Juan J. Aristizabal Henao


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Implementation of human biomonitoring in the Dehcho region of the Northwest Territories, Canada (2016–2017)
Mylène Ratelle, Kelly Skinner, Matthew Laird, Shannon E. Majowicz, Danielle Brandow, Sara Packull-McCormick, Michèle Bouchard, Denis Dieme, Ken D. Stark, Juan J. Aristizabal Henao, Rhona M. Hanning, Brian Laird
Archives of Public Health, Volume 76, Issue 1

Human biomonitoring represents an important tool for health risk assessment, supporting the characterization of contaminant exposure and nutrient status. In communities where country foods (locally harvested foods: land animals, fish, birds, plants) are integrated in the daily diet, as is the case in remote northern regions where food security is a challenge, such foods can potentially be a significant route of contaminant exposure. To assess this issue, a biomonitoring project was implemented among Dene/Métis communities of the Dehcho region of the Northwest Territories, Canada.Participants completed dietary surveys (i.e., a food frequency questionnaire and 24-h recall) to estimate food consumption patterns as well as a Health Messages Survey to evaluate the awareness and perception of contaminants and consumption notices. Biological sampling of hair, urine and blood was conducted. Toxic metals (e.g., mercury, lead, cadmium), essential metals (e.g., copper, nickel, zinc), fatty acids, and persistent organic pollutants (POPs) were measured in samples.The levels of contaminants in blood, hair and urine for the majority of participants were below the available guidance values for mercury, cadmium, lead and uranium. However, from the 279 participants, approximately 2% were invited to provide follow up samples, mainly for elevated mercury level. Also, at the population level, blood lead (GM: 11 μg/L) and blood cadmium (GM: 0.53 μg/L) were slightly above the Canadian Health Measures Survey data. Therefore, although country foods occasionally contain elevated levels of particular contaminants, human exposures to these metals remained similar to those seen in the Canadian general population. In addition, dietary data showed the importance and diversity of country foods across participating communities, with the consumption of an average of 5.1% of total calories from wild-harvested country foods.This project completed in the Mackenzie Valley of the Northwest Territories fills a data gap across other biomonitoring studies in Canada as it integrates community results, will support stakeholders in the development of public health strategies, and will inform environmental health issue prioritization.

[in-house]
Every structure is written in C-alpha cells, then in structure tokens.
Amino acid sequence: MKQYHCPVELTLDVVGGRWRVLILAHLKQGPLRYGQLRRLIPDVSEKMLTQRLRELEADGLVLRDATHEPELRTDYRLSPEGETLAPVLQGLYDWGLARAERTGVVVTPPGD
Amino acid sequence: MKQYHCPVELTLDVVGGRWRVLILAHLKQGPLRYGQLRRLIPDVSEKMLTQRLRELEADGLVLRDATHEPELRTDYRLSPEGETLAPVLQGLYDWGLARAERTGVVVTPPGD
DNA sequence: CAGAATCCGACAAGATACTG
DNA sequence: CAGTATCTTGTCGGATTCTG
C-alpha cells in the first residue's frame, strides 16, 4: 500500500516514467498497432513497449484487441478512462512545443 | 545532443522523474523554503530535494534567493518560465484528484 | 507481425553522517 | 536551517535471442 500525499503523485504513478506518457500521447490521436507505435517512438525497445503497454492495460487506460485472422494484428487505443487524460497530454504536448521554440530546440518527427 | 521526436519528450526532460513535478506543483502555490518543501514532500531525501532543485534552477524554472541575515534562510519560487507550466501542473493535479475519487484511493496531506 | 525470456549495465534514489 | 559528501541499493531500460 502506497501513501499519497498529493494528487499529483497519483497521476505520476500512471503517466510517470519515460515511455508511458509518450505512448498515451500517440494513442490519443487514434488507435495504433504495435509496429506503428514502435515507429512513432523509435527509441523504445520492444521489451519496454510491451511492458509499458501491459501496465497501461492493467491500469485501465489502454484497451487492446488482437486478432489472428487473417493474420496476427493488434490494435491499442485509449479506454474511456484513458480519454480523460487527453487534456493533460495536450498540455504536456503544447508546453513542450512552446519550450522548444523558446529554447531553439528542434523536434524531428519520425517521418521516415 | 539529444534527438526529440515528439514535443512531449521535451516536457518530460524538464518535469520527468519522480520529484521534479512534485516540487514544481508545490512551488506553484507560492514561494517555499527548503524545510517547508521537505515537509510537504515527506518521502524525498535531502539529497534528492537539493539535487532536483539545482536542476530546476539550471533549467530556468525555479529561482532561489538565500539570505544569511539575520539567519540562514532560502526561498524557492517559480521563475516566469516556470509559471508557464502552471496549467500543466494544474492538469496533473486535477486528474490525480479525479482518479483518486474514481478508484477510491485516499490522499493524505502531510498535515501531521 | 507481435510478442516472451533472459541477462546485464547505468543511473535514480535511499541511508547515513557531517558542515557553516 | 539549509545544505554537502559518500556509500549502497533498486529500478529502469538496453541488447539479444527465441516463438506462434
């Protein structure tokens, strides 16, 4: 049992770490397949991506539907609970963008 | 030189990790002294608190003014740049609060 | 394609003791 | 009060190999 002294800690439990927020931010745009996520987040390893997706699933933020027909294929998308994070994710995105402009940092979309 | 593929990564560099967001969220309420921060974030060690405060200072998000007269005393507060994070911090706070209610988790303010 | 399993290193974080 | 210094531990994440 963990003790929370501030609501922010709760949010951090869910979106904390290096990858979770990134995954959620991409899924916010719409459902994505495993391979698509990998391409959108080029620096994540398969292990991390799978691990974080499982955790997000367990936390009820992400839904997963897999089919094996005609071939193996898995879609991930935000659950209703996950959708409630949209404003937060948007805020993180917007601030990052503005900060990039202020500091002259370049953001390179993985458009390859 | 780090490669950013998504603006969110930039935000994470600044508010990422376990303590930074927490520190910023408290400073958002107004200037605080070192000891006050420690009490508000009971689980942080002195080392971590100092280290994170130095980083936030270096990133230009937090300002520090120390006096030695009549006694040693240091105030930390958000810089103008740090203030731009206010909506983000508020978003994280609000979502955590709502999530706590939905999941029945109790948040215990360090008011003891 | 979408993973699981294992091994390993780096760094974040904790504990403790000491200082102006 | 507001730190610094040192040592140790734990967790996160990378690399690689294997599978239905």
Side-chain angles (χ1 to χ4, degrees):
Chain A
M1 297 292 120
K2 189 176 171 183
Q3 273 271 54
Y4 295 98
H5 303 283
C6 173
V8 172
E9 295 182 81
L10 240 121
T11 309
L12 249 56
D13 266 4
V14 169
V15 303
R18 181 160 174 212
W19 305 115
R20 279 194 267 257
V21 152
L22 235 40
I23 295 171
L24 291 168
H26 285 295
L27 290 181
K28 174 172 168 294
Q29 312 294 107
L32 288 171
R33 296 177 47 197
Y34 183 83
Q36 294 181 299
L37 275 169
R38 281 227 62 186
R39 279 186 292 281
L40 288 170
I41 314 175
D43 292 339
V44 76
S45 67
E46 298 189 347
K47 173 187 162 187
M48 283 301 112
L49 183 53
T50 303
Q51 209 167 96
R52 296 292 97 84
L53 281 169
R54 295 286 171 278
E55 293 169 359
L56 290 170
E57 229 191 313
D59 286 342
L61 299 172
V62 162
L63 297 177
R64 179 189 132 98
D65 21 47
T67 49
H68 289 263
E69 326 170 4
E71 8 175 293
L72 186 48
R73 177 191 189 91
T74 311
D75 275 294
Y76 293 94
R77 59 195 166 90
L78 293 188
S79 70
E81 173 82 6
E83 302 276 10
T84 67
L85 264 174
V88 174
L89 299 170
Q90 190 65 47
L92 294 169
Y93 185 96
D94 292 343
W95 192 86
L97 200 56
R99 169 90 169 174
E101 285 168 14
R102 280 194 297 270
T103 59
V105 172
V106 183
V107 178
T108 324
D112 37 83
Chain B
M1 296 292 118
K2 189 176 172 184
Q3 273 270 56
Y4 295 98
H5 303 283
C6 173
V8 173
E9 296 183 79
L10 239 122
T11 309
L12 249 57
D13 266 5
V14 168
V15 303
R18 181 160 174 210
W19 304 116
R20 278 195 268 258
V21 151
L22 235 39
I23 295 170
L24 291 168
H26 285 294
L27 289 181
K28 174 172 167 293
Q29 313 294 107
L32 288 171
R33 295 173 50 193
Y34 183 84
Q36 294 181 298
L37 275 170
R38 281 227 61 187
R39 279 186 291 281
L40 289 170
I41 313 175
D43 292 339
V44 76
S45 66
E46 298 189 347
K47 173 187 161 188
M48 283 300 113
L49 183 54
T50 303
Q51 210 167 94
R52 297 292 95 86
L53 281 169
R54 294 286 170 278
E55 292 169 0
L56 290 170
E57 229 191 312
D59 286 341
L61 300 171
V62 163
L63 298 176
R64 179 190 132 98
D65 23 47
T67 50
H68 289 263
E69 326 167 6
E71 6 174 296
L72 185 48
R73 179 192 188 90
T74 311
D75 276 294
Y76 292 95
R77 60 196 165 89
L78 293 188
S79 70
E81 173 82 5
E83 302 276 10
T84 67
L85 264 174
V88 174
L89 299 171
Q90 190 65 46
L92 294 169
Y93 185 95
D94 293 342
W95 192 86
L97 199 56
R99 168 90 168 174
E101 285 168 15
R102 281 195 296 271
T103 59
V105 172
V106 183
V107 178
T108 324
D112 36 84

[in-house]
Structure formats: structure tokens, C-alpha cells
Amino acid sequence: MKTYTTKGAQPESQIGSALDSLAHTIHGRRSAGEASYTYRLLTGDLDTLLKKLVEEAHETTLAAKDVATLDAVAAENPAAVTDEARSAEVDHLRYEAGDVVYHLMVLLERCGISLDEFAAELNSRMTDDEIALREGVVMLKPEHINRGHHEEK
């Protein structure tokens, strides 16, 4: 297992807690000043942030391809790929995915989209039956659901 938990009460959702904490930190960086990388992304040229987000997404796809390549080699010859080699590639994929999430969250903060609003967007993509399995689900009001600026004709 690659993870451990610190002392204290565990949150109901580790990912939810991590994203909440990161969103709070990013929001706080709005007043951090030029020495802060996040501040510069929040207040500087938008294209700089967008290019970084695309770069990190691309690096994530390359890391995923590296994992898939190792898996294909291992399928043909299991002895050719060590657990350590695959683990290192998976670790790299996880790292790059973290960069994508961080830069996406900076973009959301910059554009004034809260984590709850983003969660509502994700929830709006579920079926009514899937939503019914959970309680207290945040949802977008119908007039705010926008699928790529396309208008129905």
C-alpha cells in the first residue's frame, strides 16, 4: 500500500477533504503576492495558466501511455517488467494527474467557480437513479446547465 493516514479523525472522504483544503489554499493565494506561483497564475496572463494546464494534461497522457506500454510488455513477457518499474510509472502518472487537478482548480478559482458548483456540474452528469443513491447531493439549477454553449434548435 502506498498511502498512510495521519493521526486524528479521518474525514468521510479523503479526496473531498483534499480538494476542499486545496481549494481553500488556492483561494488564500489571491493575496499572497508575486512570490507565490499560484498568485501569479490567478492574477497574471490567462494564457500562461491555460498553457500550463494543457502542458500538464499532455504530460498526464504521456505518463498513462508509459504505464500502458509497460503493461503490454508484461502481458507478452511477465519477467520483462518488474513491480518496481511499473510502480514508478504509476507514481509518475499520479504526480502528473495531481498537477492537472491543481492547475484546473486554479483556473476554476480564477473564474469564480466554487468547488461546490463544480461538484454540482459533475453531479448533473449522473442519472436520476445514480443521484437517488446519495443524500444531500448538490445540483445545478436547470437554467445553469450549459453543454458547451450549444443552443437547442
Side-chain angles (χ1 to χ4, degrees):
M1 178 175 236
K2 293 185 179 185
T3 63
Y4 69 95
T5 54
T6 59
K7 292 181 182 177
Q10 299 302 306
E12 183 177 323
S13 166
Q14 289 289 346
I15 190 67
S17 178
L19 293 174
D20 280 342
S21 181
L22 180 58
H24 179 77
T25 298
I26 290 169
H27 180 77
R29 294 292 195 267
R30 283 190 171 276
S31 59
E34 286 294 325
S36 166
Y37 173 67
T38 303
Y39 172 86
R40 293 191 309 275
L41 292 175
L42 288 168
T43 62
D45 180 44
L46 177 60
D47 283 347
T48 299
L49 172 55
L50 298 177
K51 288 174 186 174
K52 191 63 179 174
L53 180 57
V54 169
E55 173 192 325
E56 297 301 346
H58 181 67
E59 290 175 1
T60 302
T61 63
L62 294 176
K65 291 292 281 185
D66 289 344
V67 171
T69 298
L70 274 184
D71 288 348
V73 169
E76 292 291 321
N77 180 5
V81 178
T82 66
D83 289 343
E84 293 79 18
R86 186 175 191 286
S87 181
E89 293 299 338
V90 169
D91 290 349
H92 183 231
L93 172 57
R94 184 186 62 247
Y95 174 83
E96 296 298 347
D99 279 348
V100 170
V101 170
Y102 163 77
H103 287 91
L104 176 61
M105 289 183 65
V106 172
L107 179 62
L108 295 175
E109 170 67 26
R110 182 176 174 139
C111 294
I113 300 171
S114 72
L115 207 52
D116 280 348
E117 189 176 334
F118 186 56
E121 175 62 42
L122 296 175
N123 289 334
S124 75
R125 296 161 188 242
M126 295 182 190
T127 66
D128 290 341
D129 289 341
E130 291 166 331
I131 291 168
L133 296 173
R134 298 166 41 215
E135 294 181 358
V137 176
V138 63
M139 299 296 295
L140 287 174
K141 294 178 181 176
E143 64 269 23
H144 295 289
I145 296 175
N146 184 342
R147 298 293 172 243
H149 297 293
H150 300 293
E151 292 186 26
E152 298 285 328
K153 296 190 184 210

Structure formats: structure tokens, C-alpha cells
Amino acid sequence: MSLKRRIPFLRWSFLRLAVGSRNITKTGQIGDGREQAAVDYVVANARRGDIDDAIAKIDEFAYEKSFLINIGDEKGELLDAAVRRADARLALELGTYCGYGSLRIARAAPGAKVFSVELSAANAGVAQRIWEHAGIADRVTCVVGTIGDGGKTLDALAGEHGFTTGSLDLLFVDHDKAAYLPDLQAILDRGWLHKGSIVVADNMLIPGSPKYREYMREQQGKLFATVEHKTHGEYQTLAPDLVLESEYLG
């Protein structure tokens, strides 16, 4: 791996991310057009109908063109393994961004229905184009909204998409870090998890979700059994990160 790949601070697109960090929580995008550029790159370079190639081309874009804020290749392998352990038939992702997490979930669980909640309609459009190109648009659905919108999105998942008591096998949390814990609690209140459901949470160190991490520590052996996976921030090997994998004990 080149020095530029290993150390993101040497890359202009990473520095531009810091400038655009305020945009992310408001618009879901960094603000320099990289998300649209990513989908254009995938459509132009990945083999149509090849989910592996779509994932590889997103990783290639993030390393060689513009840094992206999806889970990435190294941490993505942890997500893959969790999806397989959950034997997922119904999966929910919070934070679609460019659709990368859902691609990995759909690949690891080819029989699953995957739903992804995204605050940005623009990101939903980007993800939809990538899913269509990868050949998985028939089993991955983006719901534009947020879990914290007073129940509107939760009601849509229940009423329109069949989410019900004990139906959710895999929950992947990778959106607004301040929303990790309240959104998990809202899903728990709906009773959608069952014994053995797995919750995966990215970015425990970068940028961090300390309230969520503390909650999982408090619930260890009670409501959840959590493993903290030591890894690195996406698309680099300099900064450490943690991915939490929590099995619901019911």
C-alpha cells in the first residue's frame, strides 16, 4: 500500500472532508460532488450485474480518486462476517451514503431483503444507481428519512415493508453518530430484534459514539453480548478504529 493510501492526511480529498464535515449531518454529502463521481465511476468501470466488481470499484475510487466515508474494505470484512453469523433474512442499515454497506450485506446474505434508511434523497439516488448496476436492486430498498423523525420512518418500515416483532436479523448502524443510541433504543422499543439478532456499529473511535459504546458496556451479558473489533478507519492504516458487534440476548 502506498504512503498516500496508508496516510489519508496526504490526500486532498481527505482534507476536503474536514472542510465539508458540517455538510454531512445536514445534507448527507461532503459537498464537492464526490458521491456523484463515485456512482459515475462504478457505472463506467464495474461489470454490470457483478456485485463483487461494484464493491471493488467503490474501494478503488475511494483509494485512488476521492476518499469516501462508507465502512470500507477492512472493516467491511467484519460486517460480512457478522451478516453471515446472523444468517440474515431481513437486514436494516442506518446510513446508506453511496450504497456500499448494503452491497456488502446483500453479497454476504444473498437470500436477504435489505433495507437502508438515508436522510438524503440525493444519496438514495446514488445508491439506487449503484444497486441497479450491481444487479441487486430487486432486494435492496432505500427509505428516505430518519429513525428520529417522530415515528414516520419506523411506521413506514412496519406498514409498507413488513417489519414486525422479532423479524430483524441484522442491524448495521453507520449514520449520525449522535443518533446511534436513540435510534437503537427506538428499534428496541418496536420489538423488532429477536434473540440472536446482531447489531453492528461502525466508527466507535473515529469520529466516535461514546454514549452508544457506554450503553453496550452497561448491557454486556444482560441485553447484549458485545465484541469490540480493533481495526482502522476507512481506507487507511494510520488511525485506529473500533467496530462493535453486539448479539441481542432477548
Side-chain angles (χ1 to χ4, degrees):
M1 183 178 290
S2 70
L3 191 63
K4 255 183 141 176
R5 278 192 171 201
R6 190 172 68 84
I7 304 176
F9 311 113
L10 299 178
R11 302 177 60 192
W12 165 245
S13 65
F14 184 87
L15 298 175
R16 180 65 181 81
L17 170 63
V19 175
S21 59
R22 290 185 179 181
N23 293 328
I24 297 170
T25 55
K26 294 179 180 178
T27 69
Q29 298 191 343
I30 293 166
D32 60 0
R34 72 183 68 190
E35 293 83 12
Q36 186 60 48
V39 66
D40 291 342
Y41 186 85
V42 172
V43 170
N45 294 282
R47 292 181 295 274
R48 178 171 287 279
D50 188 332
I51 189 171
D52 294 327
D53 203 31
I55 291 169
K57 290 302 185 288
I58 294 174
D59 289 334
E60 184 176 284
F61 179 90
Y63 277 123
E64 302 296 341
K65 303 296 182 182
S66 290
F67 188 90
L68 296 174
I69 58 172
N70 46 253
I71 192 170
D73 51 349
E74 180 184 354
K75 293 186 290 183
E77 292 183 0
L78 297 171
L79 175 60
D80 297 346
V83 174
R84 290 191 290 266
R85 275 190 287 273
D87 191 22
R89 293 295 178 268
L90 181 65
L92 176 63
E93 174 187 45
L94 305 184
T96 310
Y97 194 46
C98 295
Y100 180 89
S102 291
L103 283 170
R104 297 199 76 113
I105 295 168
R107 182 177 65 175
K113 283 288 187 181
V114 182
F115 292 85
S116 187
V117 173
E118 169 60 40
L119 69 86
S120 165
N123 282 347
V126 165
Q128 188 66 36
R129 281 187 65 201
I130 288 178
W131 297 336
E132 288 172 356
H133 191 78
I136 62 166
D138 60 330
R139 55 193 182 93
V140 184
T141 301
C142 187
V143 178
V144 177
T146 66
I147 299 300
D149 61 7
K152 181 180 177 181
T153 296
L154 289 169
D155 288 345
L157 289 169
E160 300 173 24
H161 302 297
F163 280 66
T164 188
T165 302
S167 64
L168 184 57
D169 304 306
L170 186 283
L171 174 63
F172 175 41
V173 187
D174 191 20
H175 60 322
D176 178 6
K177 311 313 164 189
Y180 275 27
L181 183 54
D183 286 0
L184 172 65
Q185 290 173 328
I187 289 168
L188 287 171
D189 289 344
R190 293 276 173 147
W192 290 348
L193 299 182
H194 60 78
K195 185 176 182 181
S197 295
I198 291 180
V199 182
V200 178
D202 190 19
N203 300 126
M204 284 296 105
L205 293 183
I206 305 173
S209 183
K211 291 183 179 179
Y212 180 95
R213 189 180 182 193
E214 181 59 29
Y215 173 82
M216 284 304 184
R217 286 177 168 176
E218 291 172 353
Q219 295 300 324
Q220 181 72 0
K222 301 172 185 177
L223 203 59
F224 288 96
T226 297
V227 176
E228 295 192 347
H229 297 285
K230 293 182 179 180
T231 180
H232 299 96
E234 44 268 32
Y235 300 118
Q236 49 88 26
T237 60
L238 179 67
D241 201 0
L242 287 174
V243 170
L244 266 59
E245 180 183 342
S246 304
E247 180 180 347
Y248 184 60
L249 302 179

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Mercury and omega-3 fatty acid profiles in freshwater fish of the Dehcho Region, Northwest Territories: Informing risk benefit assessments
Matthew Laird, Juan J. Aristizabal Henao, Ellen S. Reyes, Ken D. Stark, George C. Low, Heidi K. Swanson, Brian Laird
Science of The Total Environment, Volume 637-638

Traditional foods have significant nutritional, sociocultural and economic value in subarctic First Nations communities of the Northwest Territories, and play a crucial role in promoting cultural continuity and sovereignty. Omega-3 polyunsaturated fatty acids (N-3 PUFAs), including eicosapentaenoic (EPA) and docosahexaenoic acid (DHA), carry significant benefits for neurocognitive development and cardiovascular health. However, the health risks posed by methylmercury may serve to undermine the benefits of fish consumption in Northern Indigenous communities. The objective of this study was to characterize profiles for mercury (Hg) and fatty acids in fish species harvested across lakes of the Dehcho Region, in the Mackenzie Valley of the Northwest Territories, to better understand the risks and benefits associated with traditional foods. Hg levels increased with trophic position, with the highest levels found in Burbot, Lake Trout, Walleye, and Northern Pike. Lake Trout, along with planktivorous species including Lake Whitefish, Cisco, and Sucker, demonstrated higher N-3 PUFAs than other species. Negative associations were observed between Hg and N-3 PUFAs in Lake Trout, Northern Pike, Walleye and Burbot. Further stratifying these relationships revealed significant interactions by lake. Significant differences observed in fatty acid and Hg profiles across lakes underscore the importance of considering both species- and lake-specific findings. This growing dataset of freshwater fish of the Dehcho will inform future efforts to characterize human Hg exposure profiles using probabilistic dose reconstruction models.